Practice is the key here. Use the preview histogram as a guide to an adequate ETTR and then bracket around that exposure. Then go home and play in the RAW converter and see what ends up being recoverable. Do this a few times before your trip and you will rapidly figure out how many stops it is possible to push exposure past what the preview histogram tells you is the limit for an ETTR. This is not purely a numbers game - settle for what you feel gives you the best result aesthetically in RAW conversion.

I am currently in the process of doing this with my 5D III and as yet I have not shot enough with the camera to be fully sure of its capabilities.

BTW I use the camera's own spot metering ability to spot meter the brightest and darkest parts of my scene sometimes to help in the process described above.

Regards

Tony Jay
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u2jimbo
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« Reply #5 on: August 30, 2012, 08:06:30 PM »
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Guys:
Thanks for each of your responses.  In my desire to maximize the number of quality images I am able to create on our trip, I have been reviewing my equipment and processes.  I somehow got sucked into watching an interesting webinar describing the benefits of light meters (its amazing how quickly I can find myself off-task when researching stuff on the web...).  Clearly it was a promo, but it was also informative.  Since I have never used a light meter outside of my camera and I have some insecurity regarding the robustness of my exposure set-up process, I wondered if a light meter might be part of a 'best practices' track.  Given the webinar was essentially an advertisement, I felt I needed some non-commercial validation.

I am going to pass on the light meter.

My current practice does include bracketing - and it does work for me.  I wasn't sure if it would be considered 'best practice', either.  I'm happy it seems to be.  With regard to your comment, Tony, regarding using the in-camera spot meter to measure the highs and lows - this was a central feature / benefit of the handheld light meter using its 1 degree spot (my 5DmkII has a 3.5 degree spot).  I tried to perform this in-camera function today for practice, since it seemed like a good way to fit the image into the dynamic range of the camera.  I found I was uncertain about how to lock-in the highlight reading, then recompose the shot.  I think, from reading the manual, I press the * button, but I have no confidence I am doing this correctly.  I will keep trying.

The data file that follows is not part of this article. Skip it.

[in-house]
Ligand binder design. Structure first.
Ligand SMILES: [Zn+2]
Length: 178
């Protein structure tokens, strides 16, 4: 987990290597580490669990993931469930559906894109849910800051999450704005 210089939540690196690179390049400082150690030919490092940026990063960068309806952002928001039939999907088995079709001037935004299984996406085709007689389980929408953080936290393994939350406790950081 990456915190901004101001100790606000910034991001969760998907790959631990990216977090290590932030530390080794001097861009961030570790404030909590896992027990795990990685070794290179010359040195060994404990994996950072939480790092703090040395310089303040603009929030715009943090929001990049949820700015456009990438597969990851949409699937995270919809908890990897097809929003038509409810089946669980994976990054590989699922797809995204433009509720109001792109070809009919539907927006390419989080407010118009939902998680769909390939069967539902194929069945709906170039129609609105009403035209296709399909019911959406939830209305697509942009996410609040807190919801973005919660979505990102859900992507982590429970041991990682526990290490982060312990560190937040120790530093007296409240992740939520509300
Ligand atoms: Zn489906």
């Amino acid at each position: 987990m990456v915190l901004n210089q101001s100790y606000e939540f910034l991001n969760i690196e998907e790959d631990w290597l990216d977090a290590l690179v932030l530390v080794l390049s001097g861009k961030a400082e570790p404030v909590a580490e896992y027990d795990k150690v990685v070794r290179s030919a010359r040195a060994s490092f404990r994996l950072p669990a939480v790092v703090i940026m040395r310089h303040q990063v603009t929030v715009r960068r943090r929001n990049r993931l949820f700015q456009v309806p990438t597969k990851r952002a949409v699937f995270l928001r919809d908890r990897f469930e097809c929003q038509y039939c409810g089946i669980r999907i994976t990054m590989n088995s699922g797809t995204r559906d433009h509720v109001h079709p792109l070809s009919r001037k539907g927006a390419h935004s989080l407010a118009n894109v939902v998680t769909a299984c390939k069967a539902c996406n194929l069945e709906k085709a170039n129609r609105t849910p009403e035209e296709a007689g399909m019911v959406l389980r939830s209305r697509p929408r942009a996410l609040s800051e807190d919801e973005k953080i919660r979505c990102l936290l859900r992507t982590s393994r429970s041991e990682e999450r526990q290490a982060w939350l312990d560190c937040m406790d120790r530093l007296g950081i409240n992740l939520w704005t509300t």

So, at the end of the day, I am left richer and wiser!  Pretty good day.  Thanks
Jim

 
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JeanMichel
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« Reply #6 on: August 31, 2012, 08:43:42 AM »
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Hi,
It is true that a handheld light meter is no longer a required piece of equipment -- I still have my first light meter on a display shelf, a Sekonic selenium meter from the late 50's, no batteries needed! In-camera meters are very convenient and very accurate in their own 'minds'. My first in-camera meter was the one in the Leica M6, it is accurate enough when measuring the roughly centre of the view. That was convenient but not as informative as the scale on the dial of my Lunasix: it is like the difference between a digital and analog watch, one gives you a single precise number, the other offers you a wider visual array of information to help make a decision. A glance at the dial told me all the combinations of f/stop and shutter time for a given reading, letting me decide which one I wanted to use this time.